Popovers are known for being fickle—sometimes they just don’t “pop” and my first batch of pumpkin popovers disappointingly did not. For that batch, I used ½ cup of pumpkin, which likely made the batter too heavy. Determined to try to figure out the secret to popovers, I did some online research and found that without yeast or chemical leaveners, popovers rise purely by steam. It’s what makes them “pop.” For this reason, you want to ideally make the batter with a lower-protein flour and use it right away without letting it rest—letting it rest allows the gluten to develop and traps air bubbles, which is the opposite of what you want in a popover. In addition, using room temperature ingredients is important. The less cold the ingredients, the faster the oven can start converting the liquid in the batter to steam for “popping” the popovers.
This recipe worked pretty well in getting “popped” popovers, but the rise was still not as dramatic as the plain popovers. The pumpkin flavor was subtle and delicate, and the steamy interiors were moist and "eggy." These popovers serve well with butter, Nutella, or apple butter.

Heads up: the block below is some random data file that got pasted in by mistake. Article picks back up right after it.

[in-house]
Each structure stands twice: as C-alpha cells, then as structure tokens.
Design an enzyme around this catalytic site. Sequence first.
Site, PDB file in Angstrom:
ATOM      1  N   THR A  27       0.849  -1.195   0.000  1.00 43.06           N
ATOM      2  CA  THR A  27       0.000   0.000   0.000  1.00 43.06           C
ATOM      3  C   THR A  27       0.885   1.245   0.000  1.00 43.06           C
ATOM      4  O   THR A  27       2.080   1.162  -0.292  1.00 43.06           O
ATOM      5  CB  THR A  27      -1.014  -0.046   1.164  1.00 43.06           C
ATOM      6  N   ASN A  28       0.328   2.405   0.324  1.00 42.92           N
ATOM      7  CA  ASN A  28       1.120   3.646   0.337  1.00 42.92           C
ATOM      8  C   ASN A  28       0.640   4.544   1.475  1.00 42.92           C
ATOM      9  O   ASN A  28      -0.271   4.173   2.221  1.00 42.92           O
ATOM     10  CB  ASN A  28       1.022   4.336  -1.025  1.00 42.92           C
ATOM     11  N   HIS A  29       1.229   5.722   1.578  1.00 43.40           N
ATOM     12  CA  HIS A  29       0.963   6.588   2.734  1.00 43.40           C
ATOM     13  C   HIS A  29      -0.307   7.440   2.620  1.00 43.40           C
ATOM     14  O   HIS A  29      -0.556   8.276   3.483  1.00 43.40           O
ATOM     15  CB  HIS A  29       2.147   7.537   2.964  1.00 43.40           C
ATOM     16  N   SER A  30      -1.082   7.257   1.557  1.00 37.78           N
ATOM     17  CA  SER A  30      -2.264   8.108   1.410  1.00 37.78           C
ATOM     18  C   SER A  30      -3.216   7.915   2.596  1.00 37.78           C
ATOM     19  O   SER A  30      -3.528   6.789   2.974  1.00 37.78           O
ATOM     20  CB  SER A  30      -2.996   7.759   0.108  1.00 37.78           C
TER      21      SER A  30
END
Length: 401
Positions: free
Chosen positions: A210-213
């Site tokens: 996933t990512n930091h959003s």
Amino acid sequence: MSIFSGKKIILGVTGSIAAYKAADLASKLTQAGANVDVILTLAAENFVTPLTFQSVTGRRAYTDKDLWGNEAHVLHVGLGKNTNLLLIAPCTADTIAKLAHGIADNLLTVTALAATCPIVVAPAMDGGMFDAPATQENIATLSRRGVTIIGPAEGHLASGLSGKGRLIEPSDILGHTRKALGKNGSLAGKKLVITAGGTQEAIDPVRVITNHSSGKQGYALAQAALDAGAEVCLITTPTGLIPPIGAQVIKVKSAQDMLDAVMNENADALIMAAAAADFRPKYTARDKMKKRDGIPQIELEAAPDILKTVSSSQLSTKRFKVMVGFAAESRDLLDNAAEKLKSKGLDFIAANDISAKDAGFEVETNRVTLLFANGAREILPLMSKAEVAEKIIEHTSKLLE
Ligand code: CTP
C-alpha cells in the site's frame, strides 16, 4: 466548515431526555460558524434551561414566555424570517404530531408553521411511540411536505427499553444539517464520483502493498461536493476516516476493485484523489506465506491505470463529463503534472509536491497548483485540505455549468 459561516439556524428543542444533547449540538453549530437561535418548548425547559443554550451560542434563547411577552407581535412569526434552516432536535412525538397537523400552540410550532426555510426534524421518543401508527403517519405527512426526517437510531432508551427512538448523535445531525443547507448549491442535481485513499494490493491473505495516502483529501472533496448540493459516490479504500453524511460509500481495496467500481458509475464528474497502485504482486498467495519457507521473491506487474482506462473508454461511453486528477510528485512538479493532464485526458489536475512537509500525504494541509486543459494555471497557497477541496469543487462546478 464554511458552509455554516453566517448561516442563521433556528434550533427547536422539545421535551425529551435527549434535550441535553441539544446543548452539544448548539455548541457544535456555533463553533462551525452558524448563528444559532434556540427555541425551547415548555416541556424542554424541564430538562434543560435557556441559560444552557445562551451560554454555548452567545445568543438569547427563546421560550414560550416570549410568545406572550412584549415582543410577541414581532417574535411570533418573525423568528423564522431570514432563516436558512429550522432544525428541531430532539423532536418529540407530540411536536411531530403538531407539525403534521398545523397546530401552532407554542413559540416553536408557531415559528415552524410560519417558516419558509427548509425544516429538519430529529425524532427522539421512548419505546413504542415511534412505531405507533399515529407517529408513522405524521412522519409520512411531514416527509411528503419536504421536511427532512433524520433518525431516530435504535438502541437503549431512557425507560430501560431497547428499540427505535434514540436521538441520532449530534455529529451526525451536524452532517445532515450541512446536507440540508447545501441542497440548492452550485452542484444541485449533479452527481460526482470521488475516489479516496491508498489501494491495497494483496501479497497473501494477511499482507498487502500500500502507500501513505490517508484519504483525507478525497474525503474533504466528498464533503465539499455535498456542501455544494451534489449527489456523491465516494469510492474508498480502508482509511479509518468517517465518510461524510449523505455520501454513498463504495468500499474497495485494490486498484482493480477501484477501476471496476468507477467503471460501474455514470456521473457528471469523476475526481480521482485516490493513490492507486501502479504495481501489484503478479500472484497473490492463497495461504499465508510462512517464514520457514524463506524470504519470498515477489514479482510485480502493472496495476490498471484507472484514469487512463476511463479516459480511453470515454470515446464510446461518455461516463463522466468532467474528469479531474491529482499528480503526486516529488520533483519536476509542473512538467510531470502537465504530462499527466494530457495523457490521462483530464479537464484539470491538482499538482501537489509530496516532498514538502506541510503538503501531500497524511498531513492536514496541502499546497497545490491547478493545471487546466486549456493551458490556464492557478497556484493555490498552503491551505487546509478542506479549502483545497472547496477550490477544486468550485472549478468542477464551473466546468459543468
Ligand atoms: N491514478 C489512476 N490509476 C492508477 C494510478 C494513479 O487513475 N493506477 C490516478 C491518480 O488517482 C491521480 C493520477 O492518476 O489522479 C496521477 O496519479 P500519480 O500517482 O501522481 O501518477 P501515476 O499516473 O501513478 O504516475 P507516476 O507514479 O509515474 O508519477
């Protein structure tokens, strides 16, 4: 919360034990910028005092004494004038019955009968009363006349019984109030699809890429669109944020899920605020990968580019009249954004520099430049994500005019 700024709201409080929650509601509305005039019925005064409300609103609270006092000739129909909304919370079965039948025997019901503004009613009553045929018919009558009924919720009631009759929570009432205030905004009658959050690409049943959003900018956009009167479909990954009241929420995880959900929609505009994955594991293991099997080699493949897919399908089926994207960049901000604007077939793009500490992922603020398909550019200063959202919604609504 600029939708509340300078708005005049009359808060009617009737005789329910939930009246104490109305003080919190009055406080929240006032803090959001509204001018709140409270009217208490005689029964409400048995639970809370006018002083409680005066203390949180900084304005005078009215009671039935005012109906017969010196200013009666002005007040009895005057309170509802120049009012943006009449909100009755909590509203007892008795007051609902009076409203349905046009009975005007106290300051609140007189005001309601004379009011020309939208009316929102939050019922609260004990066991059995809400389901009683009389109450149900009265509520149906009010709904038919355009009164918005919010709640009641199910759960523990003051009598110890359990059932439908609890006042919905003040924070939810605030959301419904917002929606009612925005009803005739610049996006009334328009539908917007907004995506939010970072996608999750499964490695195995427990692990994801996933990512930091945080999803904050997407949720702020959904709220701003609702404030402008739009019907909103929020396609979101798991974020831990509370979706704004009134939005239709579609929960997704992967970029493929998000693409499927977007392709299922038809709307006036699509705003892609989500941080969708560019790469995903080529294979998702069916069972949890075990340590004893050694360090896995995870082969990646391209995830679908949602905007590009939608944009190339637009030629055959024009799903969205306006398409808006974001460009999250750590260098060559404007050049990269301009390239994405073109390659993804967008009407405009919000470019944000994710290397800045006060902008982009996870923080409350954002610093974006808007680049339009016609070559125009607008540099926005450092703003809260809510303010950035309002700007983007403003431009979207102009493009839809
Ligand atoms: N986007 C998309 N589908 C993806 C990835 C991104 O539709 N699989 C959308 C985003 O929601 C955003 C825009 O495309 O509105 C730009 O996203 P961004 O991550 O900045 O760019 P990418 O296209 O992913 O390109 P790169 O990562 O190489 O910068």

Adapted from: Pumpkin Popovers, EatingWell, November/December 1992
¼ cup canned pumpkin puree
3 large eggs, at room temperature
3 large egg whites, at room temperature
2 cups milk, at room temperature
2 tablespoons canola oil
2 cups all-purpose flour
½ teaspoon kosher salt
1 tablespoon vanilla sugar
¼ teaspoon pumpkin pie spice
¼ teaspoon cinnamon
¼ teaspoon nutmeg
Preheat the oven to 400 degrees. When hot, place popover (or muffin) pans in oven for 2 minutes to preheat.
Whisk together pumpkin puree, eggs, egg whites, milk, and oil in a medium bowl until smooth. Combine flour, salt, sugar, pumpkin pie spice, cinnamon, and nutmeg in a large bowl. Add the pumpkin mixture to the dry ingredients and whisk until smooth.
Remove warmed pans from oven, grease with cooking spray and divide the batter among the prepared cups. Bake the popovers until they are puffed and browned, about 30 minutes and serve warm.